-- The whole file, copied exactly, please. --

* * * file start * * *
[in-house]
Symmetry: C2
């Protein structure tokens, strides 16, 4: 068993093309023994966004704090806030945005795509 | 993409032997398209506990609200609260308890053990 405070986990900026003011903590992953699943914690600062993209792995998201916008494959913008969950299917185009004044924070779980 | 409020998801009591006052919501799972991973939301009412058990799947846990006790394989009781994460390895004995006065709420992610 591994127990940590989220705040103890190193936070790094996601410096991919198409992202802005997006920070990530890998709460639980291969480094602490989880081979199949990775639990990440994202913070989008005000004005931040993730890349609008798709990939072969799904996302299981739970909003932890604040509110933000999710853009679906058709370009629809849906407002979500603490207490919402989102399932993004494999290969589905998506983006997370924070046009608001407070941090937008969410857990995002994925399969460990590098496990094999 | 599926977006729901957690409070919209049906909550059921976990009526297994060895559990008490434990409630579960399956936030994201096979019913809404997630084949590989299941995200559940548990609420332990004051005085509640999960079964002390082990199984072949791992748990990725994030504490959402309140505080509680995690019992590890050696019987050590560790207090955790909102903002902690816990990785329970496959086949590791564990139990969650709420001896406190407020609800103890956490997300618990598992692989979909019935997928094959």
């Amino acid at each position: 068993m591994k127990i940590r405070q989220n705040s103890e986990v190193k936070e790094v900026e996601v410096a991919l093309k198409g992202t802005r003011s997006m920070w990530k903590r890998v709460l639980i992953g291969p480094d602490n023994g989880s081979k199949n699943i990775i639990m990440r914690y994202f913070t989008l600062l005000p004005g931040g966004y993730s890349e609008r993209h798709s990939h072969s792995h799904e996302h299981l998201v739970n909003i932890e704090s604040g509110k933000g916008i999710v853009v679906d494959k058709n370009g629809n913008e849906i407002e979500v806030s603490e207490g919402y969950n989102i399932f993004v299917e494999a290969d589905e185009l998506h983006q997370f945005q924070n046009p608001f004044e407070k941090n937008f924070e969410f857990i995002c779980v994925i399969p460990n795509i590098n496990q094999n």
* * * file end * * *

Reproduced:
[in-house]
Symmetry: C2
């Protein structure tokens, strides 16, 4: 068993093309023994966004704090806030945005795509 | 993409032997398209506990609200609260308890053990 405070986990900026003011903590992953699943914690600062993209792995998201916008494959913008969950299917185009004044924070779980 | 409020998801009591006052919501799972991973939301009412058990799947846990006790394989009781994460390895004995006065709420992610 591994127990940590989220705040103890190193936070790094996601410096991919198409992202802005997006920070990530890998709460639980291969480094602490989880081979199949990775639990990440994202913070989008005000004005931040993730890349609008798709990939072969799904996302299981739970909003932890604040509110933000999710853009679906058709370009629809849906407002979500603490207490919402989102399932993004494999290969589905998506983006997370924070046009608001407070941090937008969410857990995002994925399969460990590098496990094999 | 599926977006729901957690409070919209049906909550059921976990009526297994060895559990008490434990409630579960399956936030994201096979019913809404997630084949590989299941995200559940548990609420332990004051005085509640999960079964002390082990199984072949791992748990990725994030504490959402309140505080509680995690019992590890050696019987050590560790207090955790909102903002902690816990990785329970496959086949590791564990139990969650709420001896406190407020609800103890956490997300618990598992692989979909019935997928094959």
């Amino acid at each position: 068993m591994k127990i940590r405070q989220n705040s103890e986990v190193k936070e790094v900026e996601v410096a991919l093309k198409g992202t802005r003011s997006m920070w990530k903590r890998v709460l639980i992953g291969p480094d602490n023994g989880s081979k199949n699943i990775i639990m990440r914690y994202f913070t989008l600062l005000p004005g931040g966004y993730s890349e609008r993209h798709s990939h072969s792995h799904e996302h299981l998201v739970n909003i932890e704090s604040g509110k933000g916008i999710v853009v679906d494959k058709n370009g629809n913008e849906i407002e979500v806030s603490e207490g919402y969950n989102i399932f993004v299917e494999a290969d589905e185009l998506h983006q997370f945005q924070n046009p608001f004044e407070k941090n937008f924070e969410f857990i995002c779980v994925i399969p460990n795509i590098n496990q094999n």